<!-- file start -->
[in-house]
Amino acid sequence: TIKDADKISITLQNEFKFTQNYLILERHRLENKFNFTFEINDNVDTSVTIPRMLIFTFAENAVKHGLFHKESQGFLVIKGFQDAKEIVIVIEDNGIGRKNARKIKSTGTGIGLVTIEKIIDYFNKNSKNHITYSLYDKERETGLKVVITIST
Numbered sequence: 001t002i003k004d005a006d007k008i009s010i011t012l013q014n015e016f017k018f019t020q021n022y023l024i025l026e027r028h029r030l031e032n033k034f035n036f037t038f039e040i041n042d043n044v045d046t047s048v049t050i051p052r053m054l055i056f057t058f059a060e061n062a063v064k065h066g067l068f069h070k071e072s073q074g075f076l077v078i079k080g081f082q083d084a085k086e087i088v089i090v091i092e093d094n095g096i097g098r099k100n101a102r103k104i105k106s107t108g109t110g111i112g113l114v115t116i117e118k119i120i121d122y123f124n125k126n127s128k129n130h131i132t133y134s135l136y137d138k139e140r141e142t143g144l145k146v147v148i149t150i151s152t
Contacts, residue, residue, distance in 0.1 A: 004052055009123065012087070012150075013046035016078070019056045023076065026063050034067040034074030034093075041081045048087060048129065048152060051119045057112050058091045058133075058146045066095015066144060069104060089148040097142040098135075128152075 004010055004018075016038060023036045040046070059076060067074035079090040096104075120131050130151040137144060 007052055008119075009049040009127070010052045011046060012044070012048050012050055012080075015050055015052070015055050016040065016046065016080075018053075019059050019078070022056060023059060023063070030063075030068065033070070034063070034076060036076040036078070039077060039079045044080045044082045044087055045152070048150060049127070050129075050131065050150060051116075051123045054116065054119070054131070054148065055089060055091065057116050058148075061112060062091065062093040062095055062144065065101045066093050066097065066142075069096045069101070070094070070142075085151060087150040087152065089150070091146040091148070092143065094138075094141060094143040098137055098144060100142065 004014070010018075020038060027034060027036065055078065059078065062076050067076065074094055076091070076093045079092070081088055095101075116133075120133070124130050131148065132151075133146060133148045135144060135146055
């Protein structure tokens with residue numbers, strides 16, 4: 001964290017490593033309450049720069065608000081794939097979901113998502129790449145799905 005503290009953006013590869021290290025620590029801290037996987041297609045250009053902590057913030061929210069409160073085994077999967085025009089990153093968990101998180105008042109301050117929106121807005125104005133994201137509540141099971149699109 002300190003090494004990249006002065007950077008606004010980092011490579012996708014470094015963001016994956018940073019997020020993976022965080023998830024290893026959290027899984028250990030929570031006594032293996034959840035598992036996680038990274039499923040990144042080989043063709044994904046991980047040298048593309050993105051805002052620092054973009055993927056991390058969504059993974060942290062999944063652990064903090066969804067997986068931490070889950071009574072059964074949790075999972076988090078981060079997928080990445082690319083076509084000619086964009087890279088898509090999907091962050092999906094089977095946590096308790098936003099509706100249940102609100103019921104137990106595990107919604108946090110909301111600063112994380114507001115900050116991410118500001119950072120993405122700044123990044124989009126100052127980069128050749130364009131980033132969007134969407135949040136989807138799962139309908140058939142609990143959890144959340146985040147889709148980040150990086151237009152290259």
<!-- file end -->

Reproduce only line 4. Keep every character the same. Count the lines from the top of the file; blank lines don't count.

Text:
Contacts, residue, residue, distance in 0.1 A: 004052055009123065012087070012150075013046035016078070019056045023076065026063050034067040034074030034093075041081045048087060048129065048152060051119045057112050058091045058133075058146045066095015066144060069104060089148040097142040098135075128152075 004010055004018075016038060023036045040046070059076060067074035079090040096104075120131050130151040137144060 007052055008119075009049040009127070010052045011046060012044070012048050012050055012080075015050055015052070015055050016040065016046065016080075018053075019059050019078070022056060023059060023063070030063075030068065033070070034063070034076060036076040036078070039077060039079045044080045044082045044087055045152070048150060049127070050129075050131065050150060051116075051123045054116065054119070054131070054148065055089060055091065057116050058148075061112060062091065062093040062095055062144065065101045066093050066097065066142075069096045069101070070094070070142075085151060087150040087152065089150070091146040091148070092143065094138075094141060094143040098137055098144060100142065 004014070010018075020038060027034060027036065055078065059078065062076050067076065074094055076091070076093045079092070081088055095101075116133075120133070124130050131148065132151075133146060133148045135144060135146055